We’re offering a 10% discount on CoopKnits Socks Yeah! during the show, which will be decorating our walls until September 15th. Come by to see it for yourself and plan your next project!

 

Just a reminder–all sales are final on discounted items; there can be no exchanges or returns. Thanks!

Show and tell: Malabrigo.

We love Malabrigo yarns around here. We have over 10 different Malabrigo yarns in stock, from delicate Lace up to super bulky Rasta and Caracol, and hardly a day goes by that we don’t send some happy knitter or crocheter home with a shopping bag full of Malabrigo. They’re known for their buttery soft merino wool and their lively, memorable colorways. Here are a couple of finished projects knit with Malabrigo yarns that found their way back to us for some show-and-tell!

Above is Donna’s “Drafter’s Cardigan,” knit with Malabrigo Arroyo in “Regatta Blue.” She knit it for her daughter, finishing the job with the perfect pearly blue buttons.

Lois came in last week with another beautiful pair of socks knit with Malabrigo Sock. The pattern is “Summer Slice,” and she used the color “Boticelli Red” with “Diana” as an accent at the heels and toes.

Mary is a big Malabrigo fan, and she particularly loves to work with “Aniversario,” a wildly variegated colorway that’s truly unique from skein to skein.

She crocheted this “Sea Shells Scarf” with Malabrigo’s newest yarn, Dos Tierras, and trimmed it with Shibui Dune for a bit of a stained glass effect.

Thanks to Donna, Lois, and Mary for sharing their Malabrigo projects with us! Come by the shop to see all the Malabrigo Lace, Finito, Sock, Mechita, Arroyo, Silky Merino, Dos Tierras, Rios, Mecha, Rasta, and Caracol we have in stock. See you there!

Show and tell: socks.

We love seeing projects made with yarns from our shop, and we truly feel honored that so many of you bring your finished pieces in for show and tell. When I’m able, I like to take pictures of these completed projects to share here on the blog. I’m always collecting them, and sometimes they seem to sort themselves into themed posts – all one kind of wool or technique, one yarn in particular, or even a shared color palette. Today’s theme is socks, a favorite project of ours, and the knitters featured here have made some amazing pairs.

Glen knit the vibrant pair above with MJ Opulent Fingering, a hand-dyed blend of merino, cashmere, and nylon. The pattern is “Dublin Bay Socks,” a free download from Ravelry, and it looks excellent in this semi-solid colorway, showing off the lace detail down the leg.

Lois’s socks have a lot in common with Glen’s: the pattern, “Socks on a Plane,” is available for free, they have a little pattern running down the leg and foot on a stockinette background – in this case, a cable, and they were made with hand-dyed yarn, the beloved Malabrigo Sock. I often warn knitters that cables and other patterns don’t show well in highly variegated yarn, but this is exactly the kind of exception that proves the rule. I love the way the wild colorway shines in simple stockinette, and the cable doesn’t disappear into it. Rather, it pops out a bit, brings welcome textural interest to an already interesting color. Well done, Lois!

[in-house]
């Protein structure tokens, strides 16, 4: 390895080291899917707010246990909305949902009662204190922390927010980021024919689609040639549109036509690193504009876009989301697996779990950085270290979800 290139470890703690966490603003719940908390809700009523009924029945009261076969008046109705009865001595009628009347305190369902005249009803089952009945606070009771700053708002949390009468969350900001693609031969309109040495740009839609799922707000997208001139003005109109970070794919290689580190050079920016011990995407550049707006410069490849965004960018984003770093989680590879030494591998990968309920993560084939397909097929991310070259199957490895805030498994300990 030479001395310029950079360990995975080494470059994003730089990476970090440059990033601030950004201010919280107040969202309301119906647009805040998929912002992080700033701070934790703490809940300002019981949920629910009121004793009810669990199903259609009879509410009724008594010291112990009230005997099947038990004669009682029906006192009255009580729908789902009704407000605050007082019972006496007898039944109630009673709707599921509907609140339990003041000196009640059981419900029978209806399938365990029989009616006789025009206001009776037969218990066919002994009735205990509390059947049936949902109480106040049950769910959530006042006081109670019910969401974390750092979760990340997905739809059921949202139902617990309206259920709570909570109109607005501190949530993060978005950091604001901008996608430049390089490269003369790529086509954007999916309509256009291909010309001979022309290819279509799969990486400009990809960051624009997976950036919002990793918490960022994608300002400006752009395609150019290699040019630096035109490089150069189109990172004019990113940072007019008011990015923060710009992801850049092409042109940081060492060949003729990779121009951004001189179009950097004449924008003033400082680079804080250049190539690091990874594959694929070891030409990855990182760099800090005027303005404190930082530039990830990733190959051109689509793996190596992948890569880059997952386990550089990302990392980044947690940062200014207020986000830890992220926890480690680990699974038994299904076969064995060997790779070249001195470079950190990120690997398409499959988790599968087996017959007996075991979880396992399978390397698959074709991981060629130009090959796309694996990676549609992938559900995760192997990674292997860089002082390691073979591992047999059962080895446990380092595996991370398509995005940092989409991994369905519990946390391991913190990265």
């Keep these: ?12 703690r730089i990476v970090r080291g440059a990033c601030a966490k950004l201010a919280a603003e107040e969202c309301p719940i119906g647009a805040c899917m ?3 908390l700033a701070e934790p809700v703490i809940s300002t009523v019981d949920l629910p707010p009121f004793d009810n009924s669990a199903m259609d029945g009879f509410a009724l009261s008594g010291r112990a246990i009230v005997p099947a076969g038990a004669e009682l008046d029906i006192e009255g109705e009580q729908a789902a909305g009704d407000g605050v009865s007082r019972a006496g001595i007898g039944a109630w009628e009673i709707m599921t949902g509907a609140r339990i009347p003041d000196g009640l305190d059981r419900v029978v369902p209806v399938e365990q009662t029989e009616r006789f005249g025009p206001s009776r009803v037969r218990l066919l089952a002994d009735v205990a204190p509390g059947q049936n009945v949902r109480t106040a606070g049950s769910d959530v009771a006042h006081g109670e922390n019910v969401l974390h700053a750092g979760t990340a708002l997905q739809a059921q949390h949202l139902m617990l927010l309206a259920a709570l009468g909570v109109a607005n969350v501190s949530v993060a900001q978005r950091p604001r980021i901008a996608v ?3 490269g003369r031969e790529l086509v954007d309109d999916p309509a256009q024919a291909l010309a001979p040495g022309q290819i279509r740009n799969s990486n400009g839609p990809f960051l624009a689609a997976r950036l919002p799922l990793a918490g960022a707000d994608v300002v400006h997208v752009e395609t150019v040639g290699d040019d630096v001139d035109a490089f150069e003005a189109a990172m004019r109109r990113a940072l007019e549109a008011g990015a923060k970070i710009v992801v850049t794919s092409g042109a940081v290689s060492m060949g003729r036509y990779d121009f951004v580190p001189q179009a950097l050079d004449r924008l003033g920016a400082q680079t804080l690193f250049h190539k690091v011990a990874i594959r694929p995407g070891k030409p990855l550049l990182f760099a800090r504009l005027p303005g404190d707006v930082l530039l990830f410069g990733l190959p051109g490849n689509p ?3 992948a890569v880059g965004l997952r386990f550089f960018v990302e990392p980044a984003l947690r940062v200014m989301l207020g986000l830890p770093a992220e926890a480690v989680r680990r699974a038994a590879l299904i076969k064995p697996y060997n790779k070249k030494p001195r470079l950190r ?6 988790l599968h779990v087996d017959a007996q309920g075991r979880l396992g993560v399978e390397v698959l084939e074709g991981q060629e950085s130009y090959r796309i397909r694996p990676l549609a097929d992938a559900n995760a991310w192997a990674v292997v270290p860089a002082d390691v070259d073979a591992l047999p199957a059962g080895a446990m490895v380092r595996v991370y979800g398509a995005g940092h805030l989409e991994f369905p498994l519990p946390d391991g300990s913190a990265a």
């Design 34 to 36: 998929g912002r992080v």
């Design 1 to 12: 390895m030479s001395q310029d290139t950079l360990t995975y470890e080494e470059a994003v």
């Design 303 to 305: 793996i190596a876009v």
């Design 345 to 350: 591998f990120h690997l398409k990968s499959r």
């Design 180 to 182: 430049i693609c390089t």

Above are Karin’s “Sidney” socks, from Rachel Coopey’s CoopKnits Socks Vol. 2, made with Malabrigo Sock. These are the latest in a long series of increasingly intricate handknit socks that Karin has crafted for herself and her family. Like many of us, she likes to challenge herself a bit with each new project, trying a new stitch pattern or technique, and a sock is a good-sized project for that kind of experimentation. It’s a good way to learn a lot in a relatively short time, and Karin is living proof!

Margaretta is another generous, challenge-seeking sock knitter, and this “Harlequin” pair from New Directions in Sock Knitting pretty much blew my mind when I saw them in progress – organizing the bobbins alone looked like quite a task. She rose to the occasion, though, mastering intarsia-in-the-round along the way, and surprised me again when she came back for more yarn to knit a second pair.

This pair, like the first, is made with Malabrigo Sock, which you can tell is a popular sock yarn here at the Hillsborough Yarn Shop. Margaretta insists that her technique improved measurably from the first pair to the second, and while I believe her, I honestly think both pairs look equally flawless. Still and all, she gave the second pair as a gift to a friend, knit yet a third pair and gave them to another friend, and kept the “learner” pair for herself.

 

Thanks to the knitters who shared their work on this post, and to the many more who begin their projects with trips to our shop! We appreciate your support, and love seeing what you make. If you’re not a sock-knitter but would like to become one, check out Amy’s upcoming class on the subject, an introduction to basic socks that may send you on a sock-making spree. Look out for more show-and-tell on the blog in the near future!